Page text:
Most of my tricks came pretty natural. But maybe also it’s the way i practice my tricks. I think 90% happens in my head, before actually trying the trick. And I really practiced all the basics very good so i think that makes a big difference! Also i think my body really developed and adjusted to Flatland riding since i started at young age. But still sometimes i have to practice hard for specific tricks, right now im having a hard time with x footed hitchhikers but have been focusing on it and now i learned the Michael Sommer xfooted hitchiker turbine jugler in to inside halfpacker. So it’s working out!

Building up the skills is most definitely important! So you are invited to the Game of Skills contest, what are your expectations for this event?
Yes learning a lot of basics and not skipping steps is very important in progressing! I don’t know what to expect from Game of Skillz, but i think its great someone is trying something new! Im also still waiting for a team battle competition b-boy style!

There’s definitely room for more variety. Tell me about your current bike setup, what are you running Dez?
My current bike set up is as followed:
Frame: Deep, really love it and thinks its pretty strond!
Handle Bars: Og Caramel 3, firts rode Caramel 2 but i like this look more fits nice with the frame.
Fork: Oddessey Flatware fork, Strong!!
Freecoaster: Ares boo 1, Changed allot on the inside but works as a charm (and i tried a lot i think all! freecoasters!)
Cranks: St Martin 160mm, bought them cheap for cheap at flatlandfuel. Before i rode for 2 years Arestic 140mm bur wanted something longer for pedal tricks.
Grips: Odi’s, because there the best;).
The other stuff is pretty basic and less influence on my bike..

Interesting I never tried the Ares freecoaster, lets get back to travelling, of course we know you are unsponsored for travelling, a few years ago you went to japan, tell me about that and your experiences? Does japan influence you a lot with riding?
Yes in summer 2008. I stayed for 1 month and travelled to 8 different city’s. And went to 2 contests. Japan is Mecca for flatland! Every rider should have been there!
I wanted to go there really bad, because i love the Japanese riding styles and most of my favorite riders are Japanese riders, so it does influence me a lot! I also really like the culture! It was just a really great experience and would love to go there again.

You mentioned before about the Dutch scene becoming dramatically smaller, is there much interaction with park and street riders in Holland?
Park and street is a lot bigger in Holland. And the riders are also getting a lot better. I think soon we’ll have some new pro park riders coming from Holland. They have a lot of jams, meetings and contest so that also keeps it strong.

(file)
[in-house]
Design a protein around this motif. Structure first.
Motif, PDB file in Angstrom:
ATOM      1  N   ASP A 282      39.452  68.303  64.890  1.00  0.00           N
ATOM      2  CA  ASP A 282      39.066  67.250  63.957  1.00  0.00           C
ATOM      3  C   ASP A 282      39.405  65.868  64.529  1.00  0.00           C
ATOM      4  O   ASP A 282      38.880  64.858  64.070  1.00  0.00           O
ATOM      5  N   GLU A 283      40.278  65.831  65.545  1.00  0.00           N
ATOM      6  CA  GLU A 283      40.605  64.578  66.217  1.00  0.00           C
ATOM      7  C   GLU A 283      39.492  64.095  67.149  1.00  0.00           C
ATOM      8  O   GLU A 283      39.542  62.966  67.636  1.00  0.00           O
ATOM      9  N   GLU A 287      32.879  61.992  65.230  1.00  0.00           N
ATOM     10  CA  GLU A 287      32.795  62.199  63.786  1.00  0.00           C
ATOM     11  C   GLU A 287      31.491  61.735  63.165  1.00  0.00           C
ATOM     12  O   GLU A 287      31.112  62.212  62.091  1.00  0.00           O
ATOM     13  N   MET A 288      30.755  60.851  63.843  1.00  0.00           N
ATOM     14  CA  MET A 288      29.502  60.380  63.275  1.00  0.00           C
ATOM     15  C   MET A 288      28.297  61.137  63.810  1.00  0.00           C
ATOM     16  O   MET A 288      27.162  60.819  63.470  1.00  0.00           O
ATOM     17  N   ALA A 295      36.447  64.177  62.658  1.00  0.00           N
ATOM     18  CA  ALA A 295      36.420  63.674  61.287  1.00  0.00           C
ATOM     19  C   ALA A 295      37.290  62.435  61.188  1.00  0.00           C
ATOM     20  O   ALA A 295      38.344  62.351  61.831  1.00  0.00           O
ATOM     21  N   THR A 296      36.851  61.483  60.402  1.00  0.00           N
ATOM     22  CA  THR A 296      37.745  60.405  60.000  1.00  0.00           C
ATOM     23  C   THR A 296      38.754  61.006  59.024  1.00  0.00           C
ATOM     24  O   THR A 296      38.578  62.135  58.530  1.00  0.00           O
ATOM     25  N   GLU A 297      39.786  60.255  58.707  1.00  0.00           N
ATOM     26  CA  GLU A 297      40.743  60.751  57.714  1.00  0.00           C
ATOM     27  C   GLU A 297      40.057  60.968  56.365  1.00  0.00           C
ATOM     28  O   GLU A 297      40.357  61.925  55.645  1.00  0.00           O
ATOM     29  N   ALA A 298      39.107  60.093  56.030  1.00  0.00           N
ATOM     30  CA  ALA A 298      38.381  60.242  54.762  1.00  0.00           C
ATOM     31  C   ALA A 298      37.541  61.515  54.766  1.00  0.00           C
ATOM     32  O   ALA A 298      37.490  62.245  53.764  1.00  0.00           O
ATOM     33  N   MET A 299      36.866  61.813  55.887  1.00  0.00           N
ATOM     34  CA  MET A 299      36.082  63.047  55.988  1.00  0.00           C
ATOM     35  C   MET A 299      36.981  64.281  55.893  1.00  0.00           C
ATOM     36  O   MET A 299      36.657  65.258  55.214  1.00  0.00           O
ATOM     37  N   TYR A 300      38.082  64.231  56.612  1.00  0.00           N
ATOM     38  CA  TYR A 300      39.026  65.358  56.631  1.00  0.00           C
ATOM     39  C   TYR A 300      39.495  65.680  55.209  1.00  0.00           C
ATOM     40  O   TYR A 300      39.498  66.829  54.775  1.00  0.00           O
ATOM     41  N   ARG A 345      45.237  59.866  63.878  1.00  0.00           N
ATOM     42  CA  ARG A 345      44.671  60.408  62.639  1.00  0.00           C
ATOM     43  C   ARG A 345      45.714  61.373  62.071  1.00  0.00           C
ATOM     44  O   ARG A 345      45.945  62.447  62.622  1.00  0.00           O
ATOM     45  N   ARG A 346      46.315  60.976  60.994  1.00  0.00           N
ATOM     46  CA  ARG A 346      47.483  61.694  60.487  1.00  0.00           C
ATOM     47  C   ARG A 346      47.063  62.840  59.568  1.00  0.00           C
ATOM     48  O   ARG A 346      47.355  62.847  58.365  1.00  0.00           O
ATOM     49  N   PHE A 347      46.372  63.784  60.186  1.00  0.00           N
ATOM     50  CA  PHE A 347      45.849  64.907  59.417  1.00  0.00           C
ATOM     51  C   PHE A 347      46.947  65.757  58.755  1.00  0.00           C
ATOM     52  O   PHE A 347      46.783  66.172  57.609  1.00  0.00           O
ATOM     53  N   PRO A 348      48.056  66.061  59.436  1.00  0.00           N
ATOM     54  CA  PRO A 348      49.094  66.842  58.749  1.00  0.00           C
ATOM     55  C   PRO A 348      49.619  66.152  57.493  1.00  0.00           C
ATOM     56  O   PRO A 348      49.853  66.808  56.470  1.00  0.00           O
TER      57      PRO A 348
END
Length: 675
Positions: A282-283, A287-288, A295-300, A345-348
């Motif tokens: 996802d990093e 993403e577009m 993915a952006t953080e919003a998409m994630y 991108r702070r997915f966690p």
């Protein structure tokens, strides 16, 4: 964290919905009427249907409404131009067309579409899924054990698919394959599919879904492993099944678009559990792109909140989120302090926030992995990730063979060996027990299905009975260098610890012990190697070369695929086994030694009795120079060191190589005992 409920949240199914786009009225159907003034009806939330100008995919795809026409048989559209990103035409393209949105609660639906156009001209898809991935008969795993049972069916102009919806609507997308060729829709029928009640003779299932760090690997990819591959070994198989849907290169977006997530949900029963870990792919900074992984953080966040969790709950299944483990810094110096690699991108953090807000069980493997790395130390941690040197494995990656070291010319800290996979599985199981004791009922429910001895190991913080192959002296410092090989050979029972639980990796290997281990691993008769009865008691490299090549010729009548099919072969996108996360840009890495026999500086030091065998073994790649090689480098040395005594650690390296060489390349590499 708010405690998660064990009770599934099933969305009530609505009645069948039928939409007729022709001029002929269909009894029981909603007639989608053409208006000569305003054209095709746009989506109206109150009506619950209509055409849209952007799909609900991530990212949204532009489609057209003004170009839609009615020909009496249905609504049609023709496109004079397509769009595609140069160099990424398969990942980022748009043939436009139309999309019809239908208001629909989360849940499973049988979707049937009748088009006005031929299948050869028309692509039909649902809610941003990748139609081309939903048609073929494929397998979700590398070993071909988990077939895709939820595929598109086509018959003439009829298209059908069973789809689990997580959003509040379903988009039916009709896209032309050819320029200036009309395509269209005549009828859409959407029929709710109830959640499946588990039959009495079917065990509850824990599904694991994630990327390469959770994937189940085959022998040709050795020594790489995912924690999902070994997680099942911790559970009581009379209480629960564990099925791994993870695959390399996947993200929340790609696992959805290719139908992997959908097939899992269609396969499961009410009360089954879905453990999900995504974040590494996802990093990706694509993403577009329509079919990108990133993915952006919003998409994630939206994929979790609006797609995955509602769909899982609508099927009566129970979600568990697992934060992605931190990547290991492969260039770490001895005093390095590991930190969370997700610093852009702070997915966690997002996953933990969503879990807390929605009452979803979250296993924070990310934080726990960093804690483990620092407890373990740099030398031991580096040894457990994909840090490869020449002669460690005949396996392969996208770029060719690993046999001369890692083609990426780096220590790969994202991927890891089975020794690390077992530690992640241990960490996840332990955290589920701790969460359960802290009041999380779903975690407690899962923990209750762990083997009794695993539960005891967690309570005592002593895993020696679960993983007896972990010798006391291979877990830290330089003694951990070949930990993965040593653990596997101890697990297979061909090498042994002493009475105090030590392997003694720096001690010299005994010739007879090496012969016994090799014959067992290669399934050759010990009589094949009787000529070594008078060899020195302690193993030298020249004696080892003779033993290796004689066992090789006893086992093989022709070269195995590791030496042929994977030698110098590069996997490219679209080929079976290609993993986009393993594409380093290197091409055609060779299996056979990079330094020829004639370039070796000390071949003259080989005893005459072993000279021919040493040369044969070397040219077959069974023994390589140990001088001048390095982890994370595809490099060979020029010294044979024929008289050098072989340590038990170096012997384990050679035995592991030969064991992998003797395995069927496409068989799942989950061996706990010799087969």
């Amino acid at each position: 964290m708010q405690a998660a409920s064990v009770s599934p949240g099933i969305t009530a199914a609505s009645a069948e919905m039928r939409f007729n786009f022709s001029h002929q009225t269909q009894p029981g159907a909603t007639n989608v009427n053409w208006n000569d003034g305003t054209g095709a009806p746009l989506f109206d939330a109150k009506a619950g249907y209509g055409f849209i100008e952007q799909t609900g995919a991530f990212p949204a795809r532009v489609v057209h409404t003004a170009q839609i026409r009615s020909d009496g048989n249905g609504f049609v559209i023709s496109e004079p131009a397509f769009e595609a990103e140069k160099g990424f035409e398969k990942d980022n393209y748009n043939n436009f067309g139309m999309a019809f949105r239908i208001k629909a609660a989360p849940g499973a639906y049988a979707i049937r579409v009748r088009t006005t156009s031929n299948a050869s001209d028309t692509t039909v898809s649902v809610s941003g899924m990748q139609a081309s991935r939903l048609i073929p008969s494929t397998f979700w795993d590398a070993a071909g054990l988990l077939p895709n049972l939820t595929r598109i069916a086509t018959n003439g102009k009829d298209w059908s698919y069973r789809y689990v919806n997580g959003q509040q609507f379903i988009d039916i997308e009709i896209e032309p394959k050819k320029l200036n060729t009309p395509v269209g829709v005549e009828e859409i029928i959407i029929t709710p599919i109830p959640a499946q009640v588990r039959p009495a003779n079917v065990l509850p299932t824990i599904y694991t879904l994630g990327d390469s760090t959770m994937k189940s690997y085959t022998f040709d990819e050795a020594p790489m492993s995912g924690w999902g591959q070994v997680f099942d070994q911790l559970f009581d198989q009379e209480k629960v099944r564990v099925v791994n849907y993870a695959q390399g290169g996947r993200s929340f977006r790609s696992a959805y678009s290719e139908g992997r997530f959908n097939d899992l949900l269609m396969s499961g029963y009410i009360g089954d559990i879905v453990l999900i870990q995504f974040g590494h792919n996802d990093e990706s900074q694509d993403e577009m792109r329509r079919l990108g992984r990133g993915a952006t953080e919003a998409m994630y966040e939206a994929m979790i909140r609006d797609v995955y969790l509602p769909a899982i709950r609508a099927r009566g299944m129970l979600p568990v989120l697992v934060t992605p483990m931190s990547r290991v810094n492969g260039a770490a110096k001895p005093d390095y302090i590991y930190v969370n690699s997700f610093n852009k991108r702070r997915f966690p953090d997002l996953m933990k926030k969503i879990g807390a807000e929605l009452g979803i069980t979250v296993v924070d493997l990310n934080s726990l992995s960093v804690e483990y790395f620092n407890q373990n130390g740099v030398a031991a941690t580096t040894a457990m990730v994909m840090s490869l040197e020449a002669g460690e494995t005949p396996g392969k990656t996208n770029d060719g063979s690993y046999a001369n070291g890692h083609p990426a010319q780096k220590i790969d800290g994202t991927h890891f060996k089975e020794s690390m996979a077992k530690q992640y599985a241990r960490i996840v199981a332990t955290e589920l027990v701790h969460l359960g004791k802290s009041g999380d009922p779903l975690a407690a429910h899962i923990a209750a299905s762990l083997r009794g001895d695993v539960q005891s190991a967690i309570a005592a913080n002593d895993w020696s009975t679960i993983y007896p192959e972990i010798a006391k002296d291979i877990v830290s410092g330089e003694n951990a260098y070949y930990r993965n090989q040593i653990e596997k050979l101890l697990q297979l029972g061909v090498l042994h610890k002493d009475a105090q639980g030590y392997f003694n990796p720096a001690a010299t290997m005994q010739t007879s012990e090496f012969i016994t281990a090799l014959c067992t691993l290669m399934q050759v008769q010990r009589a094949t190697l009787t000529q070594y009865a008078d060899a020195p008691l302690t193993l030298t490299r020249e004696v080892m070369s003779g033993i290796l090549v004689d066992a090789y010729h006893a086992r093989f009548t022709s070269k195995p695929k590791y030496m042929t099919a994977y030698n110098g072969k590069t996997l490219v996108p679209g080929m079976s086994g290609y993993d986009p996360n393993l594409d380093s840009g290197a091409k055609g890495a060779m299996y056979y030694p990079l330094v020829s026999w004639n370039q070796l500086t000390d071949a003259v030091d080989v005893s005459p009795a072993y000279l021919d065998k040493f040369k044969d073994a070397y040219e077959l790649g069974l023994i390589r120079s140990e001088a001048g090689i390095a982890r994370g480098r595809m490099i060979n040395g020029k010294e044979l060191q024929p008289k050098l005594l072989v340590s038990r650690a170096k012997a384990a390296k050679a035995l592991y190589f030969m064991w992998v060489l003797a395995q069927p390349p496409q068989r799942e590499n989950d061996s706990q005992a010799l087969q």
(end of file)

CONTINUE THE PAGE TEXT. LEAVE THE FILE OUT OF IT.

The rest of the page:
Is there possibility for the flatland scene in holland to join the bmx scene, seems like it would help a lot?
We had a small mix in this year. But this was more like an extreme sport contest, so also skateboard and all the other stuff. But I think it would be great if flatland could be mixed in with the total bmx freestyle scene! The street riders also really enjoy to watch flatland at the contest we had and they were very positive and impressed. But then again is the question how many flatland riders will show up?! Then we really should make every event international to get enough riders so flatland is not shown as the miner discipline in bmx, in the sense of that its less cool to do flatland.

It’s for sure at an interesting point, I sometimes ride with Mark Webb either at the skatepark or at the local underground, more often than not, its away from the “crowd”, no one sees it, i think flatland has almost been hidden away, now the rest of bmx don’t really care about it, flatlanders helped isolate flatland in a way. From what you say, I think the dutch flatland scene would benefit greatly from being included in the rest of bmx…
This is kind of leading on, do you include the rest of bmx in the lost bmx shows?

I haven’t include the park bmx stuff in to lostbmx shows, but i have been thinking about it. And there isn’t also really such thing yet here, like the Haro show. It would be nice but maybe for later on. For now its more that i’m included with other peoples shows.

So today is your birthday (December 29th), what you got planned Dez? 21st is a big birthday..
So all the Birthday craziness is over! I held a session today at our spot and it was really good! 19 riders showed up and thats a lot in here as i all ready mentioned before! A lot of new riders/beginners show i think 2010 will be a good riding year with new motivated riders!